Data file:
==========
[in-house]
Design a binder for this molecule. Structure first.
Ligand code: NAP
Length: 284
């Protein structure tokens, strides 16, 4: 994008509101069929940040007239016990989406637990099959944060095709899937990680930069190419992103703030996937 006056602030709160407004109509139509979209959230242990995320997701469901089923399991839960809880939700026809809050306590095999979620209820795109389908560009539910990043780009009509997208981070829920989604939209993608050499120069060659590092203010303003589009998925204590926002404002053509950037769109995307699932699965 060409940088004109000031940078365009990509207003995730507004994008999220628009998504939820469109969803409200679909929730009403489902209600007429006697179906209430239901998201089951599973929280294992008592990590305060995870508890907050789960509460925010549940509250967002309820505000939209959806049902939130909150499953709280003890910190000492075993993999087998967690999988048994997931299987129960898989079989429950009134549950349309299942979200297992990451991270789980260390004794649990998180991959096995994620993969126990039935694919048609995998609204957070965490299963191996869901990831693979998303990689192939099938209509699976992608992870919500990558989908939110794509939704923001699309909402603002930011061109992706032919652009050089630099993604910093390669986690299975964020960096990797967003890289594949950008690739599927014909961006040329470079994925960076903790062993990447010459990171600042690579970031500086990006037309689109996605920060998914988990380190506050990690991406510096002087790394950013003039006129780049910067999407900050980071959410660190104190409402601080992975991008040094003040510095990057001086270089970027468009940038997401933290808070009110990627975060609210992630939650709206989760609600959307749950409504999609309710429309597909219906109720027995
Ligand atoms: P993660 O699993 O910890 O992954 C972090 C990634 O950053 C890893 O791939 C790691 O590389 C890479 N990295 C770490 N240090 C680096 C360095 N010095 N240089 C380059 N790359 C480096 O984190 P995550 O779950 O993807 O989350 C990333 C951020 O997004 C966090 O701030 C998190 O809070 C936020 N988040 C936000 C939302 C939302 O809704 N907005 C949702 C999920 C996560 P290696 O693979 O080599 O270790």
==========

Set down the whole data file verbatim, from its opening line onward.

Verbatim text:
[in-house]
Design a binder for this molecule. Structure first.
Ligand code: NAP
Length: 284
């Protein structure tokens, strides 16, 4: 994008509101069929940040007239016990989406637990099959944060095709899937990680930069190419992103703030996937 006056602030709160407004109509139509979209959230242990995320997701469901089923399991839960809880939700026809809050306590095999979620209820795109389908560009539910990043780009009509997208981070829920989604939209993608050499120069060659590092203010303003589009998925204590926002404002053509950037769109995307699932699965 060409940088004109000031940078365009990509207003995730507004994008999220628009998504939820469109969803409200679909929730009403489902209600007429006697179906209430239901998201089951599973929280294992008592990590305060995870508890907050789960509460925010549940509250967002309820505000939209959806049902939130909150499953709280003890910190000492075993993999087998967690999988048994997931299987129960898989079989429950009134549950349309299942979200297992990451991270789980260390004794649990998180991959096995994620993969126990039935694919048609995998609204957070965490299963191996869901990831693979998303990689192939099938209509699976992608992870919500990558989908939110794509939704923001699309909402603002930011061109992706032919652009050089630099993604910093390669986690299975964020960096990797967003890289594949950008690739599927014909961006040329470079994925960076903790062993990447010459990171600042690579970031500086990006037309689109996605920060998914988990380190506050990690991406510096002087790394950013003039006129780049910067999407900050980071959410660190104190409402601080992975991008040094003040510095990057001086270089970027468009940038997401933290808070009110990627975060609210992630939650709206989760609600959307749950409504999609309710429309597909219906109720027995
Ligand atoms: P993660 O699993 O910890 O992954 C972090 C990634 O950053 C890893 O791939 C790691 O590389 C890479 N990295 C770490 N240090 C680096 C360095 N010095 N240089 C380059 N790359 C480096 O984190 P995550 O779950 O993807 O989350 C990333 C951020 O997004 C966090 O701030 C998190 O809070 C936020 N988040 C936000 C939302 C939302 O809704 N907005 C949702 C999920 C996560 P290696 O693979 O080599 O270790």